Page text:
Health Equality Through Language Services
A review of Johns Hopkins Community Physicians (JHCP) central operations’ fiscal year 2020 achievements indicates that there is nothing they cannot do: from supporting practice builds and expansions, to employing online scheduling functionality, to implementing multiple new systems and workflows. One area of focus that received a lot of attention in fiscal year 2020 was Language Services.
According to federal and state laws, Joint Commission Standards and Johns Hopkins policy, equal access and communication assistance will be provided to all patients with communication needs and those assisting them in the provision of care. That is because language access plays a major role in patient safety. “It ensures that all patients understand and can actively participate in their care,” says central operations project manager Danielle Scott. In addition to unifying workflows with Johns Hopkins Medicine Language Services, the central operations team completed three main initiatives: the creation of a bilingual patient access specialist position, deployment of additional hardware options for practices and the development of interpreter request workflow documentation for video visits.
The first tactic employed for improving Language Services was the recruitment of two bilingual patient access specialists for the Central Scheduling Intake (CSI) team. This allowed CSI to create a dedicated line for Spanish-speaking patients. Any time another patient access specialist or a practice received a call from a Spanish-speaking patient, they could transfer them directly to this dedicated line, allowing patients to schedule or cancel appointments, request prescription refills or enquire about test results in their preferred language. Scott and Kathy Picarelli, director of central operations and practice operations improvement, note that this reduced hold times and was much quicker than waiting to reach an interpreter from Cyracom, the interpretation services contractor used by Johns Hopkins Medicine. This has been a huge patient satisfier. “We always say that our CSI agents are the first voice and first impression of JHCP,” says Scott. How impactful it is that that first voice is now available in Spanish.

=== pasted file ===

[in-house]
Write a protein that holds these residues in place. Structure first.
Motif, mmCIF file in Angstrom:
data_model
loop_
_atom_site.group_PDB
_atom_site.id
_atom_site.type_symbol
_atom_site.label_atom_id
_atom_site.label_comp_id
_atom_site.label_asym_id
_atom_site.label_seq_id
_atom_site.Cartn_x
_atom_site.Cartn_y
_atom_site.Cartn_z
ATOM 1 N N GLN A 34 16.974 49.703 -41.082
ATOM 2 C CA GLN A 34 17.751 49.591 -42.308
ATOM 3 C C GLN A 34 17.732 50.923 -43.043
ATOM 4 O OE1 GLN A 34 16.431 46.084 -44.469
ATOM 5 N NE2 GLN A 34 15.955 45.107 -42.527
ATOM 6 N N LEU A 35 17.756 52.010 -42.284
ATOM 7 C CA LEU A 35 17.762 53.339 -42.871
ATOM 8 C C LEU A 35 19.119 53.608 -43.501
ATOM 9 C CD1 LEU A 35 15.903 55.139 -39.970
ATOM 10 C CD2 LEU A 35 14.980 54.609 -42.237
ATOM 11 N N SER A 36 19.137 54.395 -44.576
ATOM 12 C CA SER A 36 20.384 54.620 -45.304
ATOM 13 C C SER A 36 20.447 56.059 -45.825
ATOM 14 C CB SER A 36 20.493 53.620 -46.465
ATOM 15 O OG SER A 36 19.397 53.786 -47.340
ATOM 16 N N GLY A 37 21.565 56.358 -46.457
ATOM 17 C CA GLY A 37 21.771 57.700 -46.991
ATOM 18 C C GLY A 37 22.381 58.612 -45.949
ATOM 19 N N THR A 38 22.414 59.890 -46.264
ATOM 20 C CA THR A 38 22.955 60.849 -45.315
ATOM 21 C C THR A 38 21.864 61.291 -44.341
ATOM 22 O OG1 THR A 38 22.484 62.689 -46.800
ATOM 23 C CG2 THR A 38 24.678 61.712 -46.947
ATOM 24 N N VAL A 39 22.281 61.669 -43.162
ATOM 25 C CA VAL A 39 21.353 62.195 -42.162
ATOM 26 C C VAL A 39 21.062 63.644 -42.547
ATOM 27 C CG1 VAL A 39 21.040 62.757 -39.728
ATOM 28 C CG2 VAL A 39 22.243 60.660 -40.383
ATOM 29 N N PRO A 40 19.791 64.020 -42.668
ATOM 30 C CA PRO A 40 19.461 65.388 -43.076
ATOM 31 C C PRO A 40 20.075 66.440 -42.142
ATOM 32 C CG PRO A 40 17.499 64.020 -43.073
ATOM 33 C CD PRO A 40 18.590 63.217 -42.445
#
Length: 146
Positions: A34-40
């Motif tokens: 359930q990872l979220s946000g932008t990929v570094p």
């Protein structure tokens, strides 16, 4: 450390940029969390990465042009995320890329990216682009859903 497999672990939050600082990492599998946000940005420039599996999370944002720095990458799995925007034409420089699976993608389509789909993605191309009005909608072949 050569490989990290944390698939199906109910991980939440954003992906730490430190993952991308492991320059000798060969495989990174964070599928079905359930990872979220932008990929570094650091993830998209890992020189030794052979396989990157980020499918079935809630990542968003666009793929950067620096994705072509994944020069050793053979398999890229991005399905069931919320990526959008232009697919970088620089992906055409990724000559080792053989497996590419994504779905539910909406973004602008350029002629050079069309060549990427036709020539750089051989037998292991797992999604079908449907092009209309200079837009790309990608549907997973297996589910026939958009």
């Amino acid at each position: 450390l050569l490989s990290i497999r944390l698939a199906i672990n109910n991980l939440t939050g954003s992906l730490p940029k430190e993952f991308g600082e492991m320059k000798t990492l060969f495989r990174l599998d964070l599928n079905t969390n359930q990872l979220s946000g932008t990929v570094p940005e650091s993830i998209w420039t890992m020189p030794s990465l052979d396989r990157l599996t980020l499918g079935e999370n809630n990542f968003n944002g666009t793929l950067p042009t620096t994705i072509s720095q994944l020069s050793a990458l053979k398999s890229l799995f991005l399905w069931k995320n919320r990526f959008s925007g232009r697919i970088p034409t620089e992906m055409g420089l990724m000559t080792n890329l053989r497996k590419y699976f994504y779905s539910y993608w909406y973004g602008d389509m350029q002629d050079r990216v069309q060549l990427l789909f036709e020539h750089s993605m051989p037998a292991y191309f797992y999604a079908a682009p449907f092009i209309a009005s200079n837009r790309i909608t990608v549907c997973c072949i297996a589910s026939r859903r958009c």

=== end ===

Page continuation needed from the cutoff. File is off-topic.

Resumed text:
One of the two original bilingual patient access specialists, Geraldine Baltazar-Mitchell, who now serves as a bilingual medical office assistant at East Baltimore Medical Center (EBMC), says that in her previous role, she helped Spanish-speaking patients establish trust and access high-quality care. “I loved when new patients called and said they were referred by a family member or friend who recently established care,” she says. “I could always tell how satisfied the last patient was with their experience by the compliments that were given by the new patients.”
"These language services and translation options provide peace of mind for our patients."
Another focus by the central operations team was the deployment of additional hardware to practices, namely cordless phones used for interpreter interactions. The phones come in pairs – one for the provider or medical staff member, the other for the patient. Cyracom is on speed dial for connecting with an interpreter. These phones have been distributed to four practices: Odenton, Remington, Heart Care Bethesda and EBMC. “The cordless phones are a critical part of our workflows among the medical assistants, medical office assistants and providers,” says Paul McDermott, administrative supervisor at EBMC. They have been an increasingly useful resource since the start of the pandemic, he explains, because one of their translation carts has been dedicated to a front entrance screening station. “These language services and translation options provide peace of mind for our patients,” he says. “Our patients know they are being understood [and Cyracom] also provides a level of comfort and security to our team members.”
Finally, as use of video visits greatly increased, central operations partnered with Language Services to create a workflow for incorporating interpreters into video visits. Maggie Kim, project administrator for central operations, explained the simple process that would allow video interpretation for American Sign Language, Spanish, Mandarin, Russian, Arabic, Nepali, French, Korean, Hindi and Urdu. All a medical staff member has to do is schedule the appointment, get the video visit room link and submit a request form to the Language Services team, she says. Phone-only interpretation was also made available.
“We have a responsibility not to discriminate or exclude patients from treatment based on their language-service needs,” says Picarelli. These initiatives, along with others, like management of the qualified bilingual staff program, video remote interpretation (VRI) carts and other projects in collaboration with centralized Johns Hopkins Medicine Language Services, have a huge impact on patient safety, patient satisfaction and overall health equity.